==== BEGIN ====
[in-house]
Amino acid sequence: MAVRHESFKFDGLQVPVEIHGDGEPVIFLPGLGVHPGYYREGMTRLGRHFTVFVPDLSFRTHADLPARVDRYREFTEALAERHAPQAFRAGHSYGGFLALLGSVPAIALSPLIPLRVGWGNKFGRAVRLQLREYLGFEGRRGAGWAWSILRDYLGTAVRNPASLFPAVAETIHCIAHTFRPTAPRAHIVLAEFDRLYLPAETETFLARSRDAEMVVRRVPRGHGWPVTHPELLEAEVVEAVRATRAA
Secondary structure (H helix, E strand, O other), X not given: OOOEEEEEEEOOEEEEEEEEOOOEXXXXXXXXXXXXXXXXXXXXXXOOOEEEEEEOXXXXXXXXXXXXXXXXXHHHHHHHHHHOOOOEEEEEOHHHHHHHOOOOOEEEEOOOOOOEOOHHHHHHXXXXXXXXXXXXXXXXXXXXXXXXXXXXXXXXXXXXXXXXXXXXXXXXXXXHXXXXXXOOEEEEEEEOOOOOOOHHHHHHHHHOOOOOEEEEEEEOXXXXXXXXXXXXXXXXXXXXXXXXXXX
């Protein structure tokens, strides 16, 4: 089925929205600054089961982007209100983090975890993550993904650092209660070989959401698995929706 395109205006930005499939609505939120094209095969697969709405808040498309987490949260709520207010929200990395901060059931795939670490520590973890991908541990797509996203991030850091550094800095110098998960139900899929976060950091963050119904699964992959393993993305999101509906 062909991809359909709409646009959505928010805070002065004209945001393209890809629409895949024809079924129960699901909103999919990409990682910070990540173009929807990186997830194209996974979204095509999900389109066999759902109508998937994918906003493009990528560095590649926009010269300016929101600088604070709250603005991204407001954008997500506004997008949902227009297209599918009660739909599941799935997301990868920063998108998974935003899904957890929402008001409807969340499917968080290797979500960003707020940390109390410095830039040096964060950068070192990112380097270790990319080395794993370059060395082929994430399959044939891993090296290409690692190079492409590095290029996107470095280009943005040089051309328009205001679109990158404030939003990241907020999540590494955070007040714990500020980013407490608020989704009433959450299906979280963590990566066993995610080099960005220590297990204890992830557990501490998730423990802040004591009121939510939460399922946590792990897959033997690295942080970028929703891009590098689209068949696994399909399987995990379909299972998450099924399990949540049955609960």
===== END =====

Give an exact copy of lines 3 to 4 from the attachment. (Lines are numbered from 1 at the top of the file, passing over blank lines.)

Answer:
Secondary structure (H helix, E strand, O other), X not given: OOOEEEEEEEOOEEEEEEEEOOOEXXXXXXXXXXXXXXXXXXXXXXOOOEEEEEEOXXXXXXXXXXXXXXXXXHHHHHHHHHHOOOOEEEEEOHHHHHHHOOOOOEEEEOOOOOOEOOHHHHHHXXXXXXXXXXXXXXXXXXXXXXXXXXXXXXXXXXXXXXXXXXXXXXXXXXXHXXXXXXOOEEEEEEEOOOOOOOHHHHHHHHHOOOOOEEEEEEEOXXXXXXXXXXXXXXXXXXXXXXXXXXX
């Protein structure tokens, strides 16, 4: 089925929205600054089961982007209100983090975890993550993904650092209660070989959401698995929706 395109205006930005499939609505939120094209095969697969709405808040498309987490949260709520207010929200990395901060059931795939670490520590973890991908541990797509996203991030850091550094800095110098998960139900899929976060950091963050119904699964992959393993993305999101509906 062909991809359909709409646009959505928010805070002065004209945001393209890809629409895949024809079924129960699901909103999919990409990682910070990540173009929807990186997830194209996974979204095509999900389109066999759902109508998937994918906003493009990528560095590649926009010269300016929101600088604070709250603005991204407001954008997500506004997008949902227009297209599918009660739909599941799935997301990868920063998108998974935003899904957890929402008001409807969340499917968080290797979500960003707020940390109390410095830039040096964060950068070192990112380097270790990319080395794993370059060395082929994430399959044939891993090296290409690692190079492409590095290029996107470095280009943005040089051309328009205001679109990158404030939003990241907020999540590494955070007040714990500020980013407490608020989704009433959450299906979280963590990566066993995610080099960005220590297990204890992830557990501490998730423990802040004591009121939510939460399922946590792990897959033997690295942080970028929703891009590098689209068949696994399909399987995990379909299972998450099924399990949540049955609960």